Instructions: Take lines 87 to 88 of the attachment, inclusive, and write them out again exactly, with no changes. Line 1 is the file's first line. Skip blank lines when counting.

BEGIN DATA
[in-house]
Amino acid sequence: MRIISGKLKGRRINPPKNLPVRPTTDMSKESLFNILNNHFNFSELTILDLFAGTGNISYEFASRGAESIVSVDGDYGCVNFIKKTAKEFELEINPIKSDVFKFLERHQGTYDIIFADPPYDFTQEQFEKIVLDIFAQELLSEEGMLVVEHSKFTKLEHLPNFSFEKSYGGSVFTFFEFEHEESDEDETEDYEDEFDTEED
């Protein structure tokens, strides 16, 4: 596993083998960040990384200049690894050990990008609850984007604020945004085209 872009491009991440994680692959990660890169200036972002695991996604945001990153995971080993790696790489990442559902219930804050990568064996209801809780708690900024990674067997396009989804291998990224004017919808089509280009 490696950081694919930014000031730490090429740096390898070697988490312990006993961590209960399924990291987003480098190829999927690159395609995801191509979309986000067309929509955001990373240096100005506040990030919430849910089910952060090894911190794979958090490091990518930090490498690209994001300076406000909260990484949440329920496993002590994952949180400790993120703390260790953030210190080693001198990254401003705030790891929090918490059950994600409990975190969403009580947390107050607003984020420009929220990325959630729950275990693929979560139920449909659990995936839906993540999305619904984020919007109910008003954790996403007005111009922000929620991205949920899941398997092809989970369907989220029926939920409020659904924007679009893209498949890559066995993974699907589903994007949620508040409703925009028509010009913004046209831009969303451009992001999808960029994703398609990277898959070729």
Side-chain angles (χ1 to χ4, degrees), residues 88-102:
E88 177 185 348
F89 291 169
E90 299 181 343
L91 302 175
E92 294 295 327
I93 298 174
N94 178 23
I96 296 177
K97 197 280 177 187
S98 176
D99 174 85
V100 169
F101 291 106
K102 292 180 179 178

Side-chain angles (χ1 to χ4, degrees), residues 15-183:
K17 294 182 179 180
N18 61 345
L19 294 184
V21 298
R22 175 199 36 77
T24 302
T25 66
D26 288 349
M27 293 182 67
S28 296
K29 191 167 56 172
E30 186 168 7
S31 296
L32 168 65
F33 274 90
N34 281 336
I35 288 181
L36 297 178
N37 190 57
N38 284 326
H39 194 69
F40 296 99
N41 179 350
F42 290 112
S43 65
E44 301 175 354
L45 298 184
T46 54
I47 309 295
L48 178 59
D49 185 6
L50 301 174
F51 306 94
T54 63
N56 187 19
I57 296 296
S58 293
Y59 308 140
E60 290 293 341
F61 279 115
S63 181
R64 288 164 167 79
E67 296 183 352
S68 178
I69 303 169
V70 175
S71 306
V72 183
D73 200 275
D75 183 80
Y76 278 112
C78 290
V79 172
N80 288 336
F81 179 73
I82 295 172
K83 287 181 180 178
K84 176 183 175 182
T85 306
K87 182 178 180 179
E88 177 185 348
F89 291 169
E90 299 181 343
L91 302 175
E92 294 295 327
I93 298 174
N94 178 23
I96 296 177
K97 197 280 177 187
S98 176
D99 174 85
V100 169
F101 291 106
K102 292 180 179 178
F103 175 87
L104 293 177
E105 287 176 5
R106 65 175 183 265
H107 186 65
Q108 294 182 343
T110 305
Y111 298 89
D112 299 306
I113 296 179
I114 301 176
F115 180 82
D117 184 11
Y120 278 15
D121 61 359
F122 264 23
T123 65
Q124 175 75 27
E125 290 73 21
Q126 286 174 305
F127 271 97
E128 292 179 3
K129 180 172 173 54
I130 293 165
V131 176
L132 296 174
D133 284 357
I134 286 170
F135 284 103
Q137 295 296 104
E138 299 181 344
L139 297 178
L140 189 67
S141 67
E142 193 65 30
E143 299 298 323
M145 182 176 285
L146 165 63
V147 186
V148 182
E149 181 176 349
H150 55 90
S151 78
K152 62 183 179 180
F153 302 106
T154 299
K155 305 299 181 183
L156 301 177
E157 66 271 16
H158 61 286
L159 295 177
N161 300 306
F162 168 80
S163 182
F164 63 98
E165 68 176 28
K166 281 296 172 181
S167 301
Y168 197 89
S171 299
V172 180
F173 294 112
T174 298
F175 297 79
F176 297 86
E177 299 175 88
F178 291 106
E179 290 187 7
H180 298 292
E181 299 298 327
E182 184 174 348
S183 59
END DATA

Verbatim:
I96 296 177
K97 197 280 177 187